Given Spiked’s dubious position on the Israeli-Palestinian conflict, and the curious politics of the LM network in general, of which Spiked is a part, it is odd to see it treated by some prominent leftists as a legitimate anti-establishment voice. Its columnists, such as Brendan O’Neill, are published in such anti-war publications as The American Conservative,, and even The Big Issue. Its response to the Israeli assault on Gaza and the aid flotilla killings are symptomatic of its broader politics. It appropriates the language of the left for an assault on the left. Its concerns are not the concerns of the left; its concerns are the way that the left goes about its concerns. Its terms of opprobrium are borrowed from the right. It presents its attack on the causes that the left espouses as a critique of the tactics of the left.
Its response to the Israeli assault on Gaza and the aid flotilla is instructive. It responded to the first by presenting Israel as a victim and hosting a symposium of writers, including some from the Israel lobby, to debate contemporary anti-Semitism. It responded to the latter by maligning the activists aboard the flotilla, impugning their motives, dismissing their action as ‘stunts’, and suggesting that they had it coming because they were ‘fundamentally hostile boats.’ One might be forgiven for believing from some of Spiked’s article headlines following the two incidents that one had stumbled onto the website of the Israeli embassy.[40]

We thank Kyle McCallum for research support on this article.
[1] Brendan O’Neill, ‘Gaza flotilla: invasion of the moral armada,’ Spiked, 2 June 2010; Brendan O’Neill, ‘The antithesis of anti-imperialism,’ Spiked, 6 January 2009.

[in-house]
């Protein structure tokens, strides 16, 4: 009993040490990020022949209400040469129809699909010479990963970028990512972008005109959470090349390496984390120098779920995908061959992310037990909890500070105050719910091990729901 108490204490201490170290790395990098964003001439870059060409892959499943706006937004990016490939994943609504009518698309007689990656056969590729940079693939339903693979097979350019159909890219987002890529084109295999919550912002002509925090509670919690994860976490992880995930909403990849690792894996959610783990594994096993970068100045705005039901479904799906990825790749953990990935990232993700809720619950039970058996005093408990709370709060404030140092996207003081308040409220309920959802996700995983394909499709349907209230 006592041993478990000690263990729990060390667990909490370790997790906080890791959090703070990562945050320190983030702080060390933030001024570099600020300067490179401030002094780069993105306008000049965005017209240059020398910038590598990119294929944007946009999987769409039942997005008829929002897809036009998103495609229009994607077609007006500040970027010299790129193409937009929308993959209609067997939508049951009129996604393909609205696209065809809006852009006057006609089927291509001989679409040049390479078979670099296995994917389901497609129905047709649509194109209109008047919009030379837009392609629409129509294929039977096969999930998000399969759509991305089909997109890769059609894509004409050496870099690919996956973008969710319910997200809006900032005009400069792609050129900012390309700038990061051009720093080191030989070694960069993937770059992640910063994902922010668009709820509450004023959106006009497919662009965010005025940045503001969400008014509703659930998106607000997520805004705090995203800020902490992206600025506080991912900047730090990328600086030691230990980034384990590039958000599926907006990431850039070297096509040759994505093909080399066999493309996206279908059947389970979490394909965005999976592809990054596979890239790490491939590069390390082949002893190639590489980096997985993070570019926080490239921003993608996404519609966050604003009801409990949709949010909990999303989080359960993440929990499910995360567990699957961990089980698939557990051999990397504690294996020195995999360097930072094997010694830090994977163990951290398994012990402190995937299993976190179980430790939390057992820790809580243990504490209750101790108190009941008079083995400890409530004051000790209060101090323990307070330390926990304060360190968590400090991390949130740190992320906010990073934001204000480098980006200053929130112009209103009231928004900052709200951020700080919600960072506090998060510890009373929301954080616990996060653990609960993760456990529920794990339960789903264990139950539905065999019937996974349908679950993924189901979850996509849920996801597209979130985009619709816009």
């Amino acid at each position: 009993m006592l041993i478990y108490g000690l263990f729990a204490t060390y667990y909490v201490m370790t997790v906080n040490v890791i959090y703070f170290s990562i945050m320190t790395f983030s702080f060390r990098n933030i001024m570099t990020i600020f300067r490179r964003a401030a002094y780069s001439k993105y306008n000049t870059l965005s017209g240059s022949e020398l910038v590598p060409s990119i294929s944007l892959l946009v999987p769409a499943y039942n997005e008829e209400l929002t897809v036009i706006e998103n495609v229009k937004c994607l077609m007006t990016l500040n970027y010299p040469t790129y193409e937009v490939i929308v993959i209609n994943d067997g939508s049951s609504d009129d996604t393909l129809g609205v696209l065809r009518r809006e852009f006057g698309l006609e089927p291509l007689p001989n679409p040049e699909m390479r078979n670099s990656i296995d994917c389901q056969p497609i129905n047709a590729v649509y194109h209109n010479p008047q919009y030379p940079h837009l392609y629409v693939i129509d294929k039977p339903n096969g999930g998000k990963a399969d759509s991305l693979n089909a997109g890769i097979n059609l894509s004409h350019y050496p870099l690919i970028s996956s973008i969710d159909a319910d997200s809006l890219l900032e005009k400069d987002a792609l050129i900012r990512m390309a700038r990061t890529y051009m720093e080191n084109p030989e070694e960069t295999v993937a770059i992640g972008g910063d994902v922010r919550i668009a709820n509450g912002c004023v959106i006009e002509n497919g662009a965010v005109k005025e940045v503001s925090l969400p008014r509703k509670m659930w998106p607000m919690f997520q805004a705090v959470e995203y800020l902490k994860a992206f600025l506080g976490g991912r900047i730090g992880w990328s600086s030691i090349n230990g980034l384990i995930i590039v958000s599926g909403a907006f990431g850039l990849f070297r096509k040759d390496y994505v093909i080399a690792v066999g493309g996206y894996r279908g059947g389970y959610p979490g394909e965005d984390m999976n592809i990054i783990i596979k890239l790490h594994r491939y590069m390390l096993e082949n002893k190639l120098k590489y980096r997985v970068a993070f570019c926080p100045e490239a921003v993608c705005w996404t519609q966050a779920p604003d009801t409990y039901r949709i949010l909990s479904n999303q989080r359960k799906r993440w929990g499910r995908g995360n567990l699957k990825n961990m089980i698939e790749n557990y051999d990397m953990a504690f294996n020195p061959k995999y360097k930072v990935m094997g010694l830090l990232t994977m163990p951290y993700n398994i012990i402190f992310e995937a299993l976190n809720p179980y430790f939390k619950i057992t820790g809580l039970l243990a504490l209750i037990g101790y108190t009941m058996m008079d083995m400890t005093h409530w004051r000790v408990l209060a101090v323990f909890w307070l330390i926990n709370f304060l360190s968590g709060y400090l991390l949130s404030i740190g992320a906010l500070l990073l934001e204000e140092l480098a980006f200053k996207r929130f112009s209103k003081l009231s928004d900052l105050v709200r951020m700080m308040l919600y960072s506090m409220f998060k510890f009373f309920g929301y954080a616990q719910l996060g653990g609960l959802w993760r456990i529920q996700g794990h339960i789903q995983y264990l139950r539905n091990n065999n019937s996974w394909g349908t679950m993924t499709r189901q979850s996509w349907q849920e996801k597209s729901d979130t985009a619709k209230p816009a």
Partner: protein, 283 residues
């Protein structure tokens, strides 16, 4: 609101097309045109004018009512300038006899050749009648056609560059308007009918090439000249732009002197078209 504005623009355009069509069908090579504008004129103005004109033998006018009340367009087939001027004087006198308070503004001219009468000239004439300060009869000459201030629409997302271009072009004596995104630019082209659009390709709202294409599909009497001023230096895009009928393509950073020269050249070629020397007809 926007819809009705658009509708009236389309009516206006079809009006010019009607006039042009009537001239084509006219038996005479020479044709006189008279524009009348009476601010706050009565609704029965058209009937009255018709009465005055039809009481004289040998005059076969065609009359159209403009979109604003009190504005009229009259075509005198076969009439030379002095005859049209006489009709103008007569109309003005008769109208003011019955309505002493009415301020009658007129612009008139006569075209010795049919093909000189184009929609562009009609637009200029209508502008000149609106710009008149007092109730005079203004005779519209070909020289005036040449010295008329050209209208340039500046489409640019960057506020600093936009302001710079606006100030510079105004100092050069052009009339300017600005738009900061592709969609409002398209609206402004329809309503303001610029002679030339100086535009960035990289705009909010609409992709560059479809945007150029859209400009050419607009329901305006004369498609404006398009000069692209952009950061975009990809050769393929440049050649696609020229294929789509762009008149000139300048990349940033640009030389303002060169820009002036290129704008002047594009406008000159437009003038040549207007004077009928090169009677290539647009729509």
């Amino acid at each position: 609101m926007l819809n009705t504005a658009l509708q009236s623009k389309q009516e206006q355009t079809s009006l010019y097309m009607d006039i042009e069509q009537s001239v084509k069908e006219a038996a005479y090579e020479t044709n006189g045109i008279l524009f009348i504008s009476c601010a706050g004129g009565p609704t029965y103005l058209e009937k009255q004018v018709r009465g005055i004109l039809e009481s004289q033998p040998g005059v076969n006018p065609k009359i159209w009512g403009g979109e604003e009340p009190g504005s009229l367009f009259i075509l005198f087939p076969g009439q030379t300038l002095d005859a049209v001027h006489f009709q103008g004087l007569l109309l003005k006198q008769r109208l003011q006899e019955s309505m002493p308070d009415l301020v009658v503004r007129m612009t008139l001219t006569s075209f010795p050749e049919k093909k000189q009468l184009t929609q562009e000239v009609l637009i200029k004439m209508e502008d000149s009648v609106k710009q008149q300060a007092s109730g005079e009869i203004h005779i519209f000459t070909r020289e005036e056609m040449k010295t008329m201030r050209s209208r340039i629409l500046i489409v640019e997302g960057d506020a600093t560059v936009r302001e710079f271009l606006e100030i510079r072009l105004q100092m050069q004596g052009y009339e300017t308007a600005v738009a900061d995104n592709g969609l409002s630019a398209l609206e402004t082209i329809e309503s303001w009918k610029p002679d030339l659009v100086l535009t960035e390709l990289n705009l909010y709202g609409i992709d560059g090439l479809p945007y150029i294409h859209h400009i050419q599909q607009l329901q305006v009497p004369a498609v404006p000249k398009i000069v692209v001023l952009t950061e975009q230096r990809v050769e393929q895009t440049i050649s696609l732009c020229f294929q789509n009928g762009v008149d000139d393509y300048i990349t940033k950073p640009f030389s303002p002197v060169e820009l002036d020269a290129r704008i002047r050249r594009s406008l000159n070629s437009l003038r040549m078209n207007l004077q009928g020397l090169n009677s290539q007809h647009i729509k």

[2] Dave Renton, ‘The new socialism of fools,’, 7 February 2006; Renton, ‘Living Marxism, spiked online and the RCP,’, 4-8 March 2006.
[3]George Monbiot, ‘Far Left or Far Right?: Living Marxism’s interesting allegiances,’ Prospect, 1 November 1998;George Monbiot, ‘Flying Over the Cuckoo’s Nest,’ The Guardian, 13 January 2009;  Jenny Turner, Who Are They?, London Review of Books, 8 July 2010; Helge Ogrim, ‘Battle of Ideas, is the Revolutionary Communist Party still the vanguard?’ Norwegian Affairs, 6 November 2010.
[4] Spiked ‘Sponsorship packages’,
[9] References in this paragraph: O’Neill, ‘The antithesis of anti-imperialism,’ op cit.; Brendan O’Neill, ‘The politics of anti-Zionism,’ Spiked, 19 January 2009; Brendan O’Neill, ‘What the Israel-bashers learned from Bush,’ Spiked, 7 June2010; O’Neill, ‘Gaza flotilla: invasion of the moral armada,’ op cit.
[10] Nathalie Rothschild, ‘The Flotilla Wars: one stunt begets another,’ Spiked, 10 June 2010; Nathalie Rothschild, ‘Creating their own private Gazas,’ Spiked, 14 January 2009.
[11] For example, as mentioned earlier, O’Neill talks of ‘the transformation of Israel into the whipping boy of a motley crew of Western moral entrepreneurs’ (O’Neill, ‘Gaza flotilla: invasion of the moral armada,’ op cit.), and states that ‘European politicians, UN officials, left-wing activists […] want Israel reprimanded, sanctioned and possibly even invaded’ (O’Neill, ‘What the Israel-bashers learned from Bush,’ op cit.).